6. [6] Z. Pawlak, “Rough sets,” Int. J. of Computer & Information Sciences, Vol.11, Issue 5, pp. 341-356, 1982.
  7. [7] Z. Pawlak, “Rough Classification,” Int. J. of Man-Machine Studies, Vol.20, Issue 5, pp. 469-483, 1984.
  8. [8] Z. Pawlak, “Rough Set Approach to Knowledge-Based Decision Support,” European J. of Operational Research, Vol.99, Issue 1, pp. 48-57, 1997.
  9. [9] P. Lingras and C. West, “Interval Set Clustering of Web Users with Rough K-Means,” J. of Intelligent Information Systems, Vol.23, Issue 1, pp. 5-16, 2004.
  10. [10] G. Peters, “Some Refinements of Rough k-Means Clustering,” Pattern Recognition, Vol.39, Issue 8, pp. 1481-1491, 2006.
  11. [11] S. Ubukata, A. Notsu, and K. Honda, “General Formulation of Rough C-Means Clustering,” Int. J. of Computer Science and Network Security, Vol.17, No.9, pp. 1-10, 2017.
  12. [12] S. Mitra, H. Banka, and W. Pedrycz, “Rough-Fuzzy Collaborative Clustering,” IEEE Trans. on Systems, Man, and Cybernetics, Part B (Cybernetics), Vol.36, Issue 4, pp. 795-805, 2006.
  13. [13] S. Mitra and B. Barman, “Rough-Fuzzy Clustering: An Application to Medical Imagery,” Rough Sets and Knowledge Technology, Vol.5009 of the series Lecture Notes in Computer Science, pp. 300-307, 2008.
  14. [14] P. Maji and S. K. Pal, “RFCM: A Hybrid Clustering Algorithm Using Rough and Fuzzy Sets,” Fundamenta Informaticae, Vol.80, No.4, pp. 475-496, 2007.
  15. [15] Y. Endo and N. Kinoshita, “Various Types of Objective-Based Rough Clustering,” Fuzzy Sets, Rough Sets, Multisets and Clustering, Vol.671 of the series Studies in Computational Intelligence, pp. 63-85, 2017.
  16. [16] S. Ubukata, A. Notsu, and K. Honda, “The Rough Set k-Means Clustering,” Proc. of Joint 8th Int. Conf. on Soft Computing and Intelligent Systems and 17th Int. Symp. on Advanced Intelligent Systems, pp. 189-193, 2016.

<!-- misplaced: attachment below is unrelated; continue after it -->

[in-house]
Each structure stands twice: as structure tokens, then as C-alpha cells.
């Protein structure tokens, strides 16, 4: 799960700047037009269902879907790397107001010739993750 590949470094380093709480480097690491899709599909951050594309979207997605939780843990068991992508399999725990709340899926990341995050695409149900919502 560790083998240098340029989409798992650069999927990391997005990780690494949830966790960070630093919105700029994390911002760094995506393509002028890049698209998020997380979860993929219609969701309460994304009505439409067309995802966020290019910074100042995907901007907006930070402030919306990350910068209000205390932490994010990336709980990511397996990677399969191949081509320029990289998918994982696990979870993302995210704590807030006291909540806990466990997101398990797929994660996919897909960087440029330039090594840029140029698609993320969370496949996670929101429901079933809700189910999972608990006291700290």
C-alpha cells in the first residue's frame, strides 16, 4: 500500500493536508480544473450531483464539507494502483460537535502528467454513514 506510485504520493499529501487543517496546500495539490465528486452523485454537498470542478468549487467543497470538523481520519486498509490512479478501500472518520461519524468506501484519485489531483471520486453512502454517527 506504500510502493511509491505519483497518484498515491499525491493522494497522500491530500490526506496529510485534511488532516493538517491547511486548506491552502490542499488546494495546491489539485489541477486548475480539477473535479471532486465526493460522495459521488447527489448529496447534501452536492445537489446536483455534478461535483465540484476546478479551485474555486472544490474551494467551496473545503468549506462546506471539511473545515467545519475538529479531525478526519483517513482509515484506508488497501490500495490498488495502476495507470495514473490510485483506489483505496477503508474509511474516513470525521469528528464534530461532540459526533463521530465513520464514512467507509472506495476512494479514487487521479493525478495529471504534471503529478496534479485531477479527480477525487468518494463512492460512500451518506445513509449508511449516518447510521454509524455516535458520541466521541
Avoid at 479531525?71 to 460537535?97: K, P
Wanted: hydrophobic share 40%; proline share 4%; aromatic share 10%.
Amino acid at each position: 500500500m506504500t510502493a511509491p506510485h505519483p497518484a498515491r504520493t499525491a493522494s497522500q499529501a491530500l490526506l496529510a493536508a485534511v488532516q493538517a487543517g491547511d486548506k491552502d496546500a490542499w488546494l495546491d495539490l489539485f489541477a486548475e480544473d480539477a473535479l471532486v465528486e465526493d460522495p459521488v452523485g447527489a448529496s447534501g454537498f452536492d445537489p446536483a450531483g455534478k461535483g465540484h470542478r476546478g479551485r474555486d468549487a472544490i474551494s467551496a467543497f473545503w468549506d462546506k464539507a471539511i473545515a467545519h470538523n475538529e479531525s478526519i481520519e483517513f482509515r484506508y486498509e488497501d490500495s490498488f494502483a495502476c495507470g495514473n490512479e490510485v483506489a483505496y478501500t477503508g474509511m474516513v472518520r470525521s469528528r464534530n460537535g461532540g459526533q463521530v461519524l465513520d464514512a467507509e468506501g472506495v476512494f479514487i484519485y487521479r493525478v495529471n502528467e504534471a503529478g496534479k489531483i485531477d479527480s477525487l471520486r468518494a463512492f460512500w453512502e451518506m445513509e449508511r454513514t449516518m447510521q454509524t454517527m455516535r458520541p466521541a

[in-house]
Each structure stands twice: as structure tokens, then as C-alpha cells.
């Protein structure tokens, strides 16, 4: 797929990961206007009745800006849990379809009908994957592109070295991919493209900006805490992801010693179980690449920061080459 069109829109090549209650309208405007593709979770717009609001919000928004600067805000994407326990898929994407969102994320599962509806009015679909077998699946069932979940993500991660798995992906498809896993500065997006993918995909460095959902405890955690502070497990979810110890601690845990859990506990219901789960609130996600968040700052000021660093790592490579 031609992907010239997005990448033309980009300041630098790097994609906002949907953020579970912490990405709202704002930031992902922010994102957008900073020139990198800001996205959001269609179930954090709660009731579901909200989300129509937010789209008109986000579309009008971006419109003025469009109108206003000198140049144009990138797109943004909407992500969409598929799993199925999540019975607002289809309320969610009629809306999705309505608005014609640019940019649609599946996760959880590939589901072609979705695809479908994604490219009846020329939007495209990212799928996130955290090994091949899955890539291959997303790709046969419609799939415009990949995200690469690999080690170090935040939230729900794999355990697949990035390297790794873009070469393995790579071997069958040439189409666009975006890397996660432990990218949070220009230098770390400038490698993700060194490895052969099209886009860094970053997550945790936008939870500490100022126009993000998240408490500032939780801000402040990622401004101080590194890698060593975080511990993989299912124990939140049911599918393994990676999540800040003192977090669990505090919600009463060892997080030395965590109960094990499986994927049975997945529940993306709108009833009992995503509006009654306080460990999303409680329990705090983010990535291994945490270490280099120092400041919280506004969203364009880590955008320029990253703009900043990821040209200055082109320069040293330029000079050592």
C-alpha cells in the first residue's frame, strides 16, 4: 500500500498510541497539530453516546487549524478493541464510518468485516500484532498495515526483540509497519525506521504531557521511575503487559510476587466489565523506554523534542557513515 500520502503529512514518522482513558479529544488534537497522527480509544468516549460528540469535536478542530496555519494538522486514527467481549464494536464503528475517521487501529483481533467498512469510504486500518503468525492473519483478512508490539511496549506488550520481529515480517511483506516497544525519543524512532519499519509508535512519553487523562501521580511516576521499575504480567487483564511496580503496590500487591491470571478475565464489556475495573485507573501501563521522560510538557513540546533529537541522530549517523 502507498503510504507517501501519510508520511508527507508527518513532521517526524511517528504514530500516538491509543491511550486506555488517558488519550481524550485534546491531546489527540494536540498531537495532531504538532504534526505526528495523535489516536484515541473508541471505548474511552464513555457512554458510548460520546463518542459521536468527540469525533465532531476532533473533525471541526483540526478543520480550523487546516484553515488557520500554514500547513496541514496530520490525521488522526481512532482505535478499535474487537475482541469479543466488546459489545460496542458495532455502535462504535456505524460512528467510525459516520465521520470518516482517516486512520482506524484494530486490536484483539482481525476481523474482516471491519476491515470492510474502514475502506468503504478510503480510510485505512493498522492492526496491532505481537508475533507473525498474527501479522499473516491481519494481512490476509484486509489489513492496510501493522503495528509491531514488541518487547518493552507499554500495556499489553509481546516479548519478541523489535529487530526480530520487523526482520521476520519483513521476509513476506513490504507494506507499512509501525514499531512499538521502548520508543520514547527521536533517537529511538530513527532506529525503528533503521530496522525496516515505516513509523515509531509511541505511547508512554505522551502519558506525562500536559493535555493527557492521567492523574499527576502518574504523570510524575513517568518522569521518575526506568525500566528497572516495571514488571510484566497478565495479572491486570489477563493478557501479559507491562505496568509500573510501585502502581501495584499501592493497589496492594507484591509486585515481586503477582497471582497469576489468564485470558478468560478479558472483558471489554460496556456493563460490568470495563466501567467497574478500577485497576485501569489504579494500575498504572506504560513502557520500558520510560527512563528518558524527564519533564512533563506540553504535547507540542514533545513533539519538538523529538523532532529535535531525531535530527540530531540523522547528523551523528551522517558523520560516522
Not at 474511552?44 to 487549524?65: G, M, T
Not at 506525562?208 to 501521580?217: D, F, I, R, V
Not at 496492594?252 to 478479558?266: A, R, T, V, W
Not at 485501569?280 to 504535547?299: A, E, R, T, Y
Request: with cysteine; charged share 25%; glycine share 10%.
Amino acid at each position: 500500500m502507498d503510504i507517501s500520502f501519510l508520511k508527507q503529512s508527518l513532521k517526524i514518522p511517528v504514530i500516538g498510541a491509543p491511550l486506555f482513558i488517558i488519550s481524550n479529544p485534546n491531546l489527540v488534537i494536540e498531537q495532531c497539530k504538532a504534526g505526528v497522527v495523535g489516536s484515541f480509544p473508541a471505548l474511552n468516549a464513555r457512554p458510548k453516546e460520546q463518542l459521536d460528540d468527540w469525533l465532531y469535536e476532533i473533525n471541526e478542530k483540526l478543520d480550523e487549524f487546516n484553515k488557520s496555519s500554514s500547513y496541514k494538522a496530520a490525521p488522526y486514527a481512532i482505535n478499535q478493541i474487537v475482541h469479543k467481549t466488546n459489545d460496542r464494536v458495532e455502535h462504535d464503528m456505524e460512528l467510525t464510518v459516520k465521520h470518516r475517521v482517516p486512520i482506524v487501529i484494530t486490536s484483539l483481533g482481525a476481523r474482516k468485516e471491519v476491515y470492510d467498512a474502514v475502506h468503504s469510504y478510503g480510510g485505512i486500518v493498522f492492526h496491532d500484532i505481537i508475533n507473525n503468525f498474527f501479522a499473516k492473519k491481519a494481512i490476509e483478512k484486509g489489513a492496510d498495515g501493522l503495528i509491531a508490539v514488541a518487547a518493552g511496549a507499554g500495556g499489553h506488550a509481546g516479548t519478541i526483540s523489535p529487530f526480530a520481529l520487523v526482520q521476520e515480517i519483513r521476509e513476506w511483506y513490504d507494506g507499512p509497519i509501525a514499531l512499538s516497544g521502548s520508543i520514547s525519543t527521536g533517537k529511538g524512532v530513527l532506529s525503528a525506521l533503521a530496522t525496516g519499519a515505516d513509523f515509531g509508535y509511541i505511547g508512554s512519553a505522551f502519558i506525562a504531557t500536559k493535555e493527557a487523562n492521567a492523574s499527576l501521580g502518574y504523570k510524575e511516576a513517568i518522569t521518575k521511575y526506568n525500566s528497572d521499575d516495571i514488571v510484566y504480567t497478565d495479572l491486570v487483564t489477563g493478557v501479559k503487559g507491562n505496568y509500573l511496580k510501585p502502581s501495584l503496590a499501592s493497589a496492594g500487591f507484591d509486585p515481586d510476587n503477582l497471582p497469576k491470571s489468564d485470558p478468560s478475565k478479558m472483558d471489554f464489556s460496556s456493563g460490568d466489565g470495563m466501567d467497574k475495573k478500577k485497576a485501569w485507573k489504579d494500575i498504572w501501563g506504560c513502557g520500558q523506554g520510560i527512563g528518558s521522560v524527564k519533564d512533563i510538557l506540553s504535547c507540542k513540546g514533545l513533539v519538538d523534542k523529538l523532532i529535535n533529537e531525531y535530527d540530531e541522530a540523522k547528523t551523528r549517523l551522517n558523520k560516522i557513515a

17. [17] Y. Y. Yao, “Generalized rough set models,” Rough Sets in Knowledge Discovery, Physica-Verlag, pp. 286-318, 1998.
  18. [18] Z. Pawlak and A. Skowron, “Rough Membership Function: A Tool for Reasoning with Uncertainty,” Algebraic Methods in Logic and Computer Science, Banach Center Publications, Vol.28, pp. 135-150, 1993.
  19. [19] Z. Pawlak and A. Skowron, “Rough membership functions,” Advances in the Dempster-Shafer Theory of Evidence, Wiley, pp. 251-271, 1994.
  20. [20] Q. Hu, D. Yu, and Z. Xie, “Neighborhood Classifiers,” Expert Systems with Applications, Vol.34, Issue 2, pp. 866-876, 2008.
  21. [21] Q. Hu et al., “Neighborhood Rough Set Based Heterogeneous Feature Subset Selection,” Information Sciences, Vol.178, Issue 18, pp. 3577-3594, 2008.
  22. [22] I. Bloch, “On Links Between Mathematical Morphology and Rough Sets,” Pattern Recognition, Vol.33, Issue 9, pp. 1487-1496, 2000.
  23. [23] UCI Machine Learning Repository, http://archive.ics.uci.edu/ml/ [accessed March 5, 2018]

*This site is desgined based on HTML5 and CSS3 for modern browsers, e.g. Chrome, Firefox, Safari, Edge, IE9,10,11, Opera.

Last updated on Aug. 20, 2018